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Queer adoptions in Florida: Attorney General Bill McCollum decides… not this time around

Following up on my two posts from last week:

Friday Florida’s Attorney General Bill McCollum announced that the state would not be appealing the recent appellate court decision that declared Florida’s gay adoption ban unconstitutional- YET, or shall we say, at least on the basis of this case.

While the Queer community has been popping the champagne corks and acting as if the ban is dead, a few are beginning to take a closer look at McCollum’s actual wording.

It turns out Creative Loafing’s David Warner has already more or less written the post I had in mind, so rather than reinvent the wheel, I’ll simply point readers across to his post,

McCollum’s last stand? He won’t appeal gay adoption ruling, BUT…

What you might term part 1 of Warner’s punchline?

McCollum’s statement  included this bet-hedging quote: “No doubt someday a more suitable case will give the Supreme Court the opportunity to uphold the constitutionality of this law.”In other words, the law ain’t off the books yet, and if the right case comes along…

A case is pending, Keen reporter Dana Rudolph points out — that of a lesbian, Vanessa Alenier, who was allowed to adopt her infant cousin in January. The Department of Children and Families hasn’t decided whether to drop its appeal.

Read the rest of his piece for punchline part 2, it’s worth it.

As for the Alenier case? These were precisely the “rumblings on the horizon” I referenced in my initial post on the Florida mess.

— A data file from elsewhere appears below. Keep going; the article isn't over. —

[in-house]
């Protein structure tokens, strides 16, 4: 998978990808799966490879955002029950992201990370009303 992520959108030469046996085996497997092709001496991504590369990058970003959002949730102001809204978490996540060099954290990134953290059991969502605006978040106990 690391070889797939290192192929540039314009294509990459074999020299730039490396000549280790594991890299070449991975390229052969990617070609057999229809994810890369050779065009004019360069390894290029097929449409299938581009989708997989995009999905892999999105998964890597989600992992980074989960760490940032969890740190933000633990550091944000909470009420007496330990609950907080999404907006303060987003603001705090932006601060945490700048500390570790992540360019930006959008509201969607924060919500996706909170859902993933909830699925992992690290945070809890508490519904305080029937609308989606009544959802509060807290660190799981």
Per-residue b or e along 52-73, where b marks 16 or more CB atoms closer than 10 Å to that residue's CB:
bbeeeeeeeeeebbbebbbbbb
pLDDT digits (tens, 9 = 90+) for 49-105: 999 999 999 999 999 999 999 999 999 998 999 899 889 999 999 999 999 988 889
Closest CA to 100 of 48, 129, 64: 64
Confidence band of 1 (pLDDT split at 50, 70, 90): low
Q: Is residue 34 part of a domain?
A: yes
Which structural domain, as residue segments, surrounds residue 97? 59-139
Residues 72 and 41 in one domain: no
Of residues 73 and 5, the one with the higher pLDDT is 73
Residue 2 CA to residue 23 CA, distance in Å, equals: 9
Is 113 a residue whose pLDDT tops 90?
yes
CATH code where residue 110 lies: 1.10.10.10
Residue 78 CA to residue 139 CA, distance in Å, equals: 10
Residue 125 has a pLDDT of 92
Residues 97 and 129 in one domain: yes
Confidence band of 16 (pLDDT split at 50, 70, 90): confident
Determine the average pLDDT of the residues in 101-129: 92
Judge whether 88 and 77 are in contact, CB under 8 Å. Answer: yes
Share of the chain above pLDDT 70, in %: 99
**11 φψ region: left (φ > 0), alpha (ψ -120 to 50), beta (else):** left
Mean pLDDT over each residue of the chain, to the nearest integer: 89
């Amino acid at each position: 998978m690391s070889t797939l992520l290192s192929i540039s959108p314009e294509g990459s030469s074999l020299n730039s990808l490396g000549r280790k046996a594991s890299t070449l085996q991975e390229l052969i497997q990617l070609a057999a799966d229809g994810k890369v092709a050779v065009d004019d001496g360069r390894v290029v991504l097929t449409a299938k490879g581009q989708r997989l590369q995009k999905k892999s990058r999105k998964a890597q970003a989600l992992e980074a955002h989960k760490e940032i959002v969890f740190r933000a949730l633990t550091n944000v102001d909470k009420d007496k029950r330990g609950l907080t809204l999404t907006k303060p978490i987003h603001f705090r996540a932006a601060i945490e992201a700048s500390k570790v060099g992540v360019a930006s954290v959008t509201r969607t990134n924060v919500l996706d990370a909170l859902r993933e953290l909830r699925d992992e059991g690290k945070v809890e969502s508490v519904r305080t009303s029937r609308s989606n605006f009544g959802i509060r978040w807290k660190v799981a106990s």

It should be more than clear at this point, considering the Florida Family Policy Council’s ratfucking antics, the wingnut community is gearing up for the case and feels it’s much more likely to get the result they want next time around.

Furthermore, right on schedule, Queer adoptions are now an important differentiating issue in key political races in Florida. Had McCollum appealed, who’s to say what role the issue would or would not have played in the elctions.

But as always, no matter which way this went kids in the foster system have been used as a political football.

For now, one thing is certain, this ain’t over ’til it’s over.

(Florida specifically, but everwhere more generally) Queers should enjoy the moment, but be gearing up for what’s coming next.

But for this moment, it’s important to step back from the noise and politics to understand what this moment is to the family in question, see Martin Gill and sons celebrate end of gay-adoption battle as McCollum decides not to appeal court decision.

Note the picture of Gill and the boys. It is a rare and sensitive photo in that while the case was ongoing, the boys faces were not splattered all over the media in the course of this long case. Don’t expect any media statements from the boys either.

This has been handled with far more sensitivity towards their privacy rights than many such high profile adoption cases:

Gill said he and his partner have tried to protect the two boys, now six and 10, from the publicity surrounding the legal challenge. But he said “they do know they’re part of an important court case.”

Because they were still in the foster system, the faces of the boys, who were known as NRG and XXG, were never shown in public. Only the backs of their heads were seen when they appeared on television, for example.

Even though the boys have enjoyed certain perks such as being invited to the White House Easter egg roll and their adoptions now will become final, Gill said he still intends to protect their privacy.

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